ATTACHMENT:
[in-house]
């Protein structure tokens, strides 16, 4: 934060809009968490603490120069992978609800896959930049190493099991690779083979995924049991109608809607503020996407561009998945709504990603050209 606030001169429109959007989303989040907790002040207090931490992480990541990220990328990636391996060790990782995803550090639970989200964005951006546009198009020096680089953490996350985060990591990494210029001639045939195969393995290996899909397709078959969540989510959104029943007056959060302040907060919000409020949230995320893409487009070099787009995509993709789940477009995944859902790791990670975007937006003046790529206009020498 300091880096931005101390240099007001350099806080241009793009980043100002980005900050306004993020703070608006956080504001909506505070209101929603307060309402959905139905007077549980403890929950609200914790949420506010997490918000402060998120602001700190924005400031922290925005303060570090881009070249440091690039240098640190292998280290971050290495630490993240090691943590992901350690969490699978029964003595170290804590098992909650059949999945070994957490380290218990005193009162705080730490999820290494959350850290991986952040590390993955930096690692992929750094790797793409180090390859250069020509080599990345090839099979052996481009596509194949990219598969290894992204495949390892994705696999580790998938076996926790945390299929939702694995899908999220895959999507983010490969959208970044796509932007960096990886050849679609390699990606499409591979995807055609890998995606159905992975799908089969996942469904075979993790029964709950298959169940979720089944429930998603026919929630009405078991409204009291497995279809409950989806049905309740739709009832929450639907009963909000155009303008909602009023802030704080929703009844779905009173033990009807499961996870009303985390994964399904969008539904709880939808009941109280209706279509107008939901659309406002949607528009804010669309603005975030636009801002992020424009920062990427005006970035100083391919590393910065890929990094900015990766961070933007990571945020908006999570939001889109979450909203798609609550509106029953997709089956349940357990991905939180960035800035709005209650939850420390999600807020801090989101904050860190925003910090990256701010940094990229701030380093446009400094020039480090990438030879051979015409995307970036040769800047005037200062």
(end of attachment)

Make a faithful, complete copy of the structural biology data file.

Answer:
[in-house]
């Protein structure tokens, strides 16, 4: 934060809009968490603490120069992978609800896959930049190493099991690779083979995924049991109608809607503020996407561009998945709504990603050209 606030001169429109959007989303989040907790002040207090931490992480990541990220990328990636391996060790990782995803550090639970989200964005951006546009198009020096680089953490996350985060990591990494210029001639045939195969393995290996899909397709078959969540989510959104029943007056959060302040907060919000409020949230995320893409487009070099787009995509993709789940477009995944859902790791990670975007937006003046790529206009020498 300091880096931005101390240099007001350099806080241009793009980043100002980005900050306004993020703070608006956080504001909506505070209101929603307060309402959905139905007077549980403890929950609200914790949420506010997490918000402060998120602001700190924005400031922290925005303060570090881009070249440091690039240098640190292998280290971050290495630490993240090691943590992901350690969490699978029964003595170290804590098992909650059949999945070994957490380290218990005193009162705080730490999820290494959350850290991986952040590390993955930096690692992929750094790797793409180090390859250069020509080599990345090839099979052996481009596509194949990219598969290894992204495949390892994705696999580790998938076996926790945390299929939702694995899908999220895959999507983010490969959208970044796509932007960096990886050849679609390699990606499409591979995807055609890998995606159905992975799908089969996942469904075979993790029964709950298959169940979720089944429930998603026919929630009405078991409204009291497995279809409950989806049905309740739709009832929450639907009963909000155009303008909602009023802030704080929703009844779905009173033990009807499961996870009303985390994964399904969008539904709880939808009941109280209706279509107008939901659309406002949607528009804010669309603005975030636009801002992020424009920062990427005006970035100083391919590393910065890929990094900015990766961070933007990571945020908006999570939001889109979450909203798609609550509106029953997709089956349940357990991905939180960035800035709005209650939850420390999600807020801090989101904050860190925003910090990256701010940094990229701030380093446009400094020039480090990438030879051979015409995307970036040769800047005037200062």